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Immigration reform: Glimpse of the future in Arizona and Utah?

The business community was instrumental in defeating an Arizona birthright-citizenship bill and passing a Utah guest-worker program, suggesting it could be a key force on immigration reform.

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Arizona State Sen. Steve Gallardo (D), who opposes the immigration bills before the Senate Thursday, leans on his desk as proponent of the bills state Sen. Russell Pearce (R) stands in the background. The bills, including one to deny birthright citizenship to the children of illegal immigrants, were defeated.

AP

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The opposite fortunes of two sets of immigration bills this week – one in Arizona and the other in Utah – suggest that the business community can play a potentially crucial role in shaping immigration legislation in states nationwide.

In Arizona, its opposition to five anti-illegal immigration bills, including a high-profile attempt to deny children of illegal immigrants birthright citizenship, played a pivotal role in turning several Republican state senators against the bills, which failed Thursday.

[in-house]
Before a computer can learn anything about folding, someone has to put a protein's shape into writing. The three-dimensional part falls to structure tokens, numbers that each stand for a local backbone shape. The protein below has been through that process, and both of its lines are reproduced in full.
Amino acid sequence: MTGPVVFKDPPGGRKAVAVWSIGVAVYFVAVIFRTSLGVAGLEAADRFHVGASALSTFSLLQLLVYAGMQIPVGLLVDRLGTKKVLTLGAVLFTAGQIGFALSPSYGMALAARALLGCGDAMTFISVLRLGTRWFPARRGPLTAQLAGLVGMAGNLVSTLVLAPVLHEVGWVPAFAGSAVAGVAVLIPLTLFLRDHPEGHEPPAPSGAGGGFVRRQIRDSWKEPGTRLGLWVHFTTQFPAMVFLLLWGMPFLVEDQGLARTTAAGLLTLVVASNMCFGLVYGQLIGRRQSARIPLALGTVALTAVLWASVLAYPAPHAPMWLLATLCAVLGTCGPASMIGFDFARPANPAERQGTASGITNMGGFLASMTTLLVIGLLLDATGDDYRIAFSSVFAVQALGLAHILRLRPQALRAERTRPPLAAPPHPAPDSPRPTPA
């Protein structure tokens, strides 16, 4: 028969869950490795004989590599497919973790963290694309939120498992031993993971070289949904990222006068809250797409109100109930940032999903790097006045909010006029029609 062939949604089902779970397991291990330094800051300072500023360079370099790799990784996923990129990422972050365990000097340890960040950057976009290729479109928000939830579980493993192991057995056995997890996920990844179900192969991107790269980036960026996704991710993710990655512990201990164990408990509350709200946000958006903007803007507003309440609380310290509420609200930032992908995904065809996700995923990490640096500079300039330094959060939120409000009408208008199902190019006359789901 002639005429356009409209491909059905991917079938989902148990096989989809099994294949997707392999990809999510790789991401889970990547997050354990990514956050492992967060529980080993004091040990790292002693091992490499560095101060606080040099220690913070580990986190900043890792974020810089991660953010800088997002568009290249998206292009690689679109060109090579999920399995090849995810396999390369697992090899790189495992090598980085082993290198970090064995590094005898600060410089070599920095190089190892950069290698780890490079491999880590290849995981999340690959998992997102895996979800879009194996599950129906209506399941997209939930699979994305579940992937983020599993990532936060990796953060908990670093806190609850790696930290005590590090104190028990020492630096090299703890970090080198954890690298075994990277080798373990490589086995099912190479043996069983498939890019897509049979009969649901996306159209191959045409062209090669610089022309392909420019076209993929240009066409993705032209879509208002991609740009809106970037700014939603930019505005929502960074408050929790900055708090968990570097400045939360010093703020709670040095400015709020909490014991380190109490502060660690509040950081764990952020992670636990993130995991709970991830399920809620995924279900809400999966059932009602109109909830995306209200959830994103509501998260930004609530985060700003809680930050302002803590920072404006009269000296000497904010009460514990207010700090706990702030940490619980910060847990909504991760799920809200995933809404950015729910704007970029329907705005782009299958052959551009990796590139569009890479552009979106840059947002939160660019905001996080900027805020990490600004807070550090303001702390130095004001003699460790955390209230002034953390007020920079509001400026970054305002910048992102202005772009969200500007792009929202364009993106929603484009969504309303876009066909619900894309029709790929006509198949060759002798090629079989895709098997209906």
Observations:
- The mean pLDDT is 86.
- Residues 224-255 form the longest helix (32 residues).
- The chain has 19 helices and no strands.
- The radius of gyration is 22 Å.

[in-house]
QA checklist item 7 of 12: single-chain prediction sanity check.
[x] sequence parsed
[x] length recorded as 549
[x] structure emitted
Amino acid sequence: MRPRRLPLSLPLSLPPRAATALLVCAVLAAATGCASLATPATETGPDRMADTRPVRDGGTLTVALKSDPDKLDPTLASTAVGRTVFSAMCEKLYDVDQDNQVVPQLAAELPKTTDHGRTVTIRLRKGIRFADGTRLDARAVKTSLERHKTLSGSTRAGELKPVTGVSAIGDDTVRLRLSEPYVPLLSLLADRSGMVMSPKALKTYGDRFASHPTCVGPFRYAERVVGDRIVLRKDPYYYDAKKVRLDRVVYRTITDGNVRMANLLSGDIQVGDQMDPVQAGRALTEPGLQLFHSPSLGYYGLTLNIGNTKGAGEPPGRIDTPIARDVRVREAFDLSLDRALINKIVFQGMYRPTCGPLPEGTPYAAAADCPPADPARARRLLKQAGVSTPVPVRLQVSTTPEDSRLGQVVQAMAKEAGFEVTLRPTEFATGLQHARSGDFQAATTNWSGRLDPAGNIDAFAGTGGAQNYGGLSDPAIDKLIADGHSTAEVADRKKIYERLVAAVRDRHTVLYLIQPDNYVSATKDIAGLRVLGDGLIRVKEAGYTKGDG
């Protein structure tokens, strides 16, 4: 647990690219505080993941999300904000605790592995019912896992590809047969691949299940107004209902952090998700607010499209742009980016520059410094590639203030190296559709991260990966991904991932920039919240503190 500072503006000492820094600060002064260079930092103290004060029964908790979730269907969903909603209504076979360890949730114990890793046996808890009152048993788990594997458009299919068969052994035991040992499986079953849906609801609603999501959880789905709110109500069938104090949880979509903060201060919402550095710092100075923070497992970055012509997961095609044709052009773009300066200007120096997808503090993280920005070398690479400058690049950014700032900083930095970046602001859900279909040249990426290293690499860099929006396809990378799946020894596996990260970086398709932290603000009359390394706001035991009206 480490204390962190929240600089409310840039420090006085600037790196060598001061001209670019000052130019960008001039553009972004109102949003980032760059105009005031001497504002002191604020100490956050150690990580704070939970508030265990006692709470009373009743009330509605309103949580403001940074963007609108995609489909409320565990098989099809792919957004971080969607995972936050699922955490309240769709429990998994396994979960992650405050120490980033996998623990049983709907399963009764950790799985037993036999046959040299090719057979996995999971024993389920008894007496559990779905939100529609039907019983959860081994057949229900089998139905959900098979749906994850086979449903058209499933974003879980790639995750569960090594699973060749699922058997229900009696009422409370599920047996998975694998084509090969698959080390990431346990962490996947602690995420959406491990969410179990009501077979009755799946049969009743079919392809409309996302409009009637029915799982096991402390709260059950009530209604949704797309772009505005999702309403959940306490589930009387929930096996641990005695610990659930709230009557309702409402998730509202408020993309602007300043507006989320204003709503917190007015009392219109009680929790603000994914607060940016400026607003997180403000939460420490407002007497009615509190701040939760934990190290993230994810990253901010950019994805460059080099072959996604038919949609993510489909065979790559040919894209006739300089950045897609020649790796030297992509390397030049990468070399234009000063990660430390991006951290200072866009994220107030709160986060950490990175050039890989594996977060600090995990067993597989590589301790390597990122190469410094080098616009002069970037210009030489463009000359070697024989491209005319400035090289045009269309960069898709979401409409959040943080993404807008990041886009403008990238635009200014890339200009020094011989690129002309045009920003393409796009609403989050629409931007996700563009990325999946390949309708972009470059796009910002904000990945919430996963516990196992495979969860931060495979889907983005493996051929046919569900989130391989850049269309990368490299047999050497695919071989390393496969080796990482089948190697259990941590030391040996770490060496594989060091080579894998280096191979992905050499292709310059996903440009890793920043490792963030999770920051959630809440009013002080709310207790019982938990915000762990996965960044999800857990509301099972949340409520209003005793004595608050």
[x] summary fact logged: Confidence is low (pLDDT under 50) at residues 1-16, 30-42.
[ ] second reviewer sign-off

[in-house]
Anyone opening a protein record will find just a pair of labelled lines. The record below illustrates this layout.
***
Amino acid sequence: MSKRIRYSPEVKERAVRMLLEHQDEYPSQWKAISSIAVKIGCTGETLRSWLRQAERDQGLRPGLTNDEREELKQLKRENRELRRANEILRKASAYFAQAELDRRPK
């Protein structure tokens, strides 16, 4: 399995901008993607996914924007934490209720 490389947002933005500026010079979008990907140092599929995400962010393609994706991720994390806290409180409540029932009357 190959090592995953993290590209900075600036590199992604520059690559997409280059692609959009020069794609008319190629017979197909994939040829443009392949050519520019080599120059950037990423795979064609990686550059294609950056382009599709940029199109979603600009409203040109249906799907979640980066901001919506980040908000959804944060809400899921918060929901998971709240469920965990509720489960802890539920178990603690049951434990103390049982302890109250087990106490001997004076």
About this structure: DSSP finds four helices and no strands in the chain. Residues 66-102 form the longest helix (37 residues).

Meanwhile in Utah, business groups backed a suite of bills that included a measure to offer two-year work permits to undocumented immigrants under certain conditions and another to recruit guest workers from Mexico. The bills were signed into law Tuesday.

At a time when the Republican Party has taken an increasingly strident position against illegal immigration, the two votes – both in Republican-dominated states – suggest that the path to compromise on the issue might be through the business community, which often has strong ties to GOP lawmakers.

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